Global Anti-Bribery Guidance

Best practice for companies in the UK and overseas

11. Conflicts of Interest


11.1 Defining Conflict of Interest

Conflicts of interest arise when the various interests, duties or commitments that a person may have; family, friends, work, voluntary work or political interests, come into conflict (or are very likely to).  They are common given the number of interests people inevitably have, and they do not necessarily involve improper or corrupt behaviour, although they can lead to such behaviour. 

11.2 Risks from Conflicts of Interest

A conflict of interest creates corruption risk when an employee or contracted third party breaches the duty due to the company by acting in regard to another interest and does not advise the company of this. This improper behaviour, if serious enough, could expose the person to extortion demands or be the first step to criminal behaviour including bribery. Even where there is no improper behaviour from a conflict of interest, the public perception might be otherwise.  It is best practice for the company to be transparent about its policies and operations to avoid risk of public suspicion of conflicts of interest.  Generally, weak identification and management of conflicts of interest will undermine the company’s reputation for integrity.

Examples of conflicts of interest and corruption risks

  • An employee awarding a contract to a company in which he or she has a financial interest or a connection such as a relative or friend.
  • An employee being a director, shareholder or consultant of another organisation that could compromise his or her duty to the company.
  • Employees running their own companies or involved in external activities such as political or community organisations.
  • Secondary employment: Part-time employment with or consultancy to another company.  Even if this is contractually allowed it can be a significant source of conflict.
  • An employee recruiting a relative or friend or recruiting individuals in order to secure a business advantage.  See the JPMorgan case study as an example of where such practices have led to issues.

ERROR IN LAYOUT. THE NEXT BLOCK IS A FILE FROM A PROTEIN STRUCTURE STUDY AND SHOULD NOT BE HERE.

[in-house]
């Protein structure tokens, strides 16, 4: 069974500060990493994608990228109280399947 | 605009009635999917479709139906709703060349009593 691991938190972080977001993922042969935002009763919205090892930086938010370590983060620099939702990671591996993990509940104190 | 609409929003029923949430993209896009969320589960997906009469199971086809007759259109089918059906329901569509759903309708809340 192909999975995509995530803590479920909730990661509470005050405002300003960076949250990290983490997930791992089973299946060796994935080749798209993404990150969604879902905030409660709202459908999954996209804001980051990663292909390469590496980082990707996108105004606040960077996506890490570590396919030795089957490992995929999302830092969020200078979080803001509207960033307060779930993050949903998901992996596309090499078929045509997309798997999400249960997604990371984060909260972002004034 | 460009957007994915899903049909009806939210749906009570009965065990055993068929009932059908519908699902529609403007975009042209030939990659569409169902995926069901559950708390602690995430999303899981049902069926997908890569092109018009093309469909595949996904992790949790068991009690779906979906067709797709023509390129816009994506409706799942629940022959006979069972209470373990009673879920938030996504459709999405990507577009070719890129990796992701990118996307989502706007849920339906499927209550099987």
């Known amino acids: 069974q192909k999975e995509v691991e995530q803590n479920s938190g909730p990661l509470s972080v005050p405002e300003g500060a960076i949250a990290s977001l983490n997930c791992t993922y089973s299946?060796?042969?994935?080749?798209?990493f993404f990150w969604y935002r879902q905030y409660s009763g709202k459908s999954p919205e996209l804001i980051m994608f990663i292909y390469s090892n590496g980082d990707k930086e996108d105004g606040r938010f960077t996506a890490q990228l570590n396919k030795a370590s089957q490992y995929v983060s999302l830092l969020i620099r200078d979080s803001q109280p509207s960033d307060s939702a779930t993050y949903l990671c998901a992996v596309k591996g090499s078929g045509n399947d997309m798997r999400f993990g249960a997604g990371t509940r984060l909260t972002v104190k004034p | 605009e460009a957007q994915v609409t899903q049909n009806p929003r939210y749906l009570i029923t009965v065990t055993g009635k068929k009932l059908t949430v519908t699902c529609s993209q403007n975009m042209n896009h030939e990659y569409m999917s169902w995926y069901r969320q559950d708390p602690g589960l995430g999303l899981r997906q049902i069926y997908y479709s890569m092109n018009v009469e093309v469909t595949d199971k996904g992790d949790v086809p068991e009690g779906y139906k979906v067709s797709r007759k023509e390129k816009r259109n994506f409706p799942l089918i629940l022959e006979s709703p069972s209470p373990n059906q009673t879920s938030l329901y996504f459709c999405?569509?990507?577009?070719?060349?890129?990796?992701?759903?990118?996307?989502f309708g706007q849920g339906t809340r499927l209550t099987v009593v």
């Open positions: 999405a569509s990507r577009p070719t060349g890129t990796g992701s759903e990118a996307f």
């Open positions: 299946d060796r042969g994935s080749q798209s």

• Insider trading - corporate ‘insiders’ buy or sell their company’s stock on the basis of information that is not available publicly.
  • An employee planning to take up a position with another organisation and acting in its favour in breach of duty to his existing employer.

11.3 Mitigating Risks

The company should identify where risks for conflicts of interest could lie and implement a policy and procedure to manage potential and actual conflicts of interest. This will include a process for maintaining an up-to-date register and adopting preventive measures related to recruitment and procurement. Employees and relevant third parties should be required to disclose any conflicts of interest before recruitment or appointment and then following appointment to advise the company of any changes. Staff should receive training on understanding and identifying conflicts of interest, and knowing what to do when they arise. Employees should also be encouraged to discuss potential conflicts of interest with their management.

11.4 Case Studies

11.4.1 JPMorgan - Jobs for Princelings were Bribes

JPMorgan agreed in November 2016 to pay U.S. $264 million to settle a U.S. probe into its practice of hiring well-connected Chinese ‘princelings’ to win business. ‘Princelings’ are the children of high-ranking Communist party officials, but the term is often applied more generally to the sons and daughters of China’s elite.

Andrew Ceresney, director of the SEC’s enforcement division said: ‘JPMorgan engaged in a systematic bribery scheme by hiring children of government officials and other favoured referrals who were typically unqualified for the positions. JPMorgan employees knew the firm was potentially violating the FCPA yet persisted with the improper hiring programme because the business rewards and new deals were deemed too lucrative.’

‘The so-called Sons and Daughters Program was nothing more than bribery by another name,’ said assistant attorney-general Leslie Caldwell. ‘Awarding prestigious employment opportunities to unqualified individuals in order to influence government officials is corruption, plain and simple.’

Beginning in 2006, the bank’s princelings initiative defied an internal prohibition on such hiring, according to the DoJ agreement. JPMorgan bankers created spreadsheets to track the hiring of Chinese officials’ relatives, ‘which has an almost linear relationship’ with new business in China, according to a 2009 email cited in the agreement.